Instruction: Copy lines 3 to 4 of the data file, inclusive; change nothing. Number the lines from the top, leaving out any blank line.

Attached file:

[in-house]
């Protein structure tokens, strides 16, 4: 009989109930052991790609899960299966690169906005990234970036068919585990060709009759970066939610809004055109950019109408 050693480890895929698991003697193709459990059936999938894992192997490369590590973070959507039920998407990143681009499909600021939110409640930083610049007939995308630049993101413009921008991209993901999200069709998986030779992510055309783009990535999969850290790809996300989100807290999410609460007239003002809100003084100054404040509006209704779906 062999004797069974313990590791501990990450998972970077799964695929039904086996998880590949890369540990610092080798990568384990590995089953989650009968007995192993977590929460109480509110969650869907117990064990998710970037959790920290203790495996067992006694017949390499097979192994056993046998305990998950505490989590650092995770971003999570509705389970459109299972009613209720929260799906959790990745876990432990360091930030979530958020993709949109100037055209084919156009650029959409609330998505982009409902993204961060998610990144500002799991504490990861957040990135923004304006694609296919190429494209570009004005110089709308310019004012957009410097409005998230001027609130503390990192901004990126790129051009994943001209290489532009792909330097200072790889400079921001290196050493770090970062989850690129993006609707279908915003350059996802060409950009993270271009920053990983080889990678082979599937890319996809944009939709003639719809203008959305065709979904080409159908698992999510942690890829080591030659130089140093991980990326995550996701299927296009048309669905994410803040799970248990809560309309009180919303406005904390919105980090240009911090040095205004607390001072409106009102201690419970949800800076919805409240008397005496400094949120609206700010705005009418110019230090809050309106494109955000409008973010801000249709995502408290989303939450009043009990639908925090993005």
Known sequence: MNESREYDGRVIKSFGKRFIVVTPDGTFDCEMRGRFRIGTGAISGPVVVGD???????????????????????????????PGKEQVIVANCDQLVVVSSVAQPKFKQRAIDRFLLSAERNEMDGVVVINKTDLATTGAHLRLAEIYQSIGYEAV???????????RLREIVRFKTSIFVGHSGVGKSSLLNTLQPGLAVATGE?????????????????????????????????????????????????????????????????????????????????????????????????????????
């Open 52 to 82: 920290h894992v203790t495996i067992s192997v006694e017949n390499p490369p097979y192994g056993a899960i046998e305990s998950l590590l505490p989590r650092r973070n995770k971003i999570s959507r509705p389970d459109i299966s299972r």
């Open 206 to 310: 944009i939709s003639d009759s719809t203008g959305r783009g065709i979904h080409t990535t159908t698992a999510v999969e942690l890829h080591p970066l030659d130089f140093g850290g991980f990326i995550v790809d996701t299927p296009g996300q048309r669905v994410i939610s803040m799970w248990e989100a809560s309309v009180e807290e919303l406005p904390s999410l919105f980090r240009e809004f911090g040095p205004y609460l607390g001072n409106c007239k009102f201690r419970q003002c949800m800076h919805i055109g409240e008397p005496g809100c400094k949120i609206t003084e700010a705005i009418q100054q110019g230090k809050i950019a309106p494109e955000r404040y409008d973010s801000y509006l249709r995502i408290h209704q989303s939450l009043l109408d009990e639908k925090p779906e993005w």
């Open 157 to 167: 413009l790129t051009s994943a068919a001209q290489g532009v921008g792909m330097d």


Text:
Known sequence: MNESREYDGRVIKSFGKRFIVVTPDGTFDCEMRGRFRIGTGAISGPVVVGD???????????????????????????????PGKEQVIVANCDQLVVVSSVAQPKFKQRAIDRFLLSAERNEMDGVVVINKTDLATTGAHLRLAEIYQSIGYEAV???????????RLREIVRFKTSIFVGHSGVGKSSLLNTLQPGLAVATGE?????????????????????????????????????????????????????????????????????????????????????????????????????????
């Open 52 to 82: 920290h894992v203790t495996i067992s192997v006694e017949n390499p490369p097979y192994g056993a899960i046998e305990s998950l590590l505490p989590r650092r973070n995770k971003i999570s959507r509705p389970d459109i299966s299972r």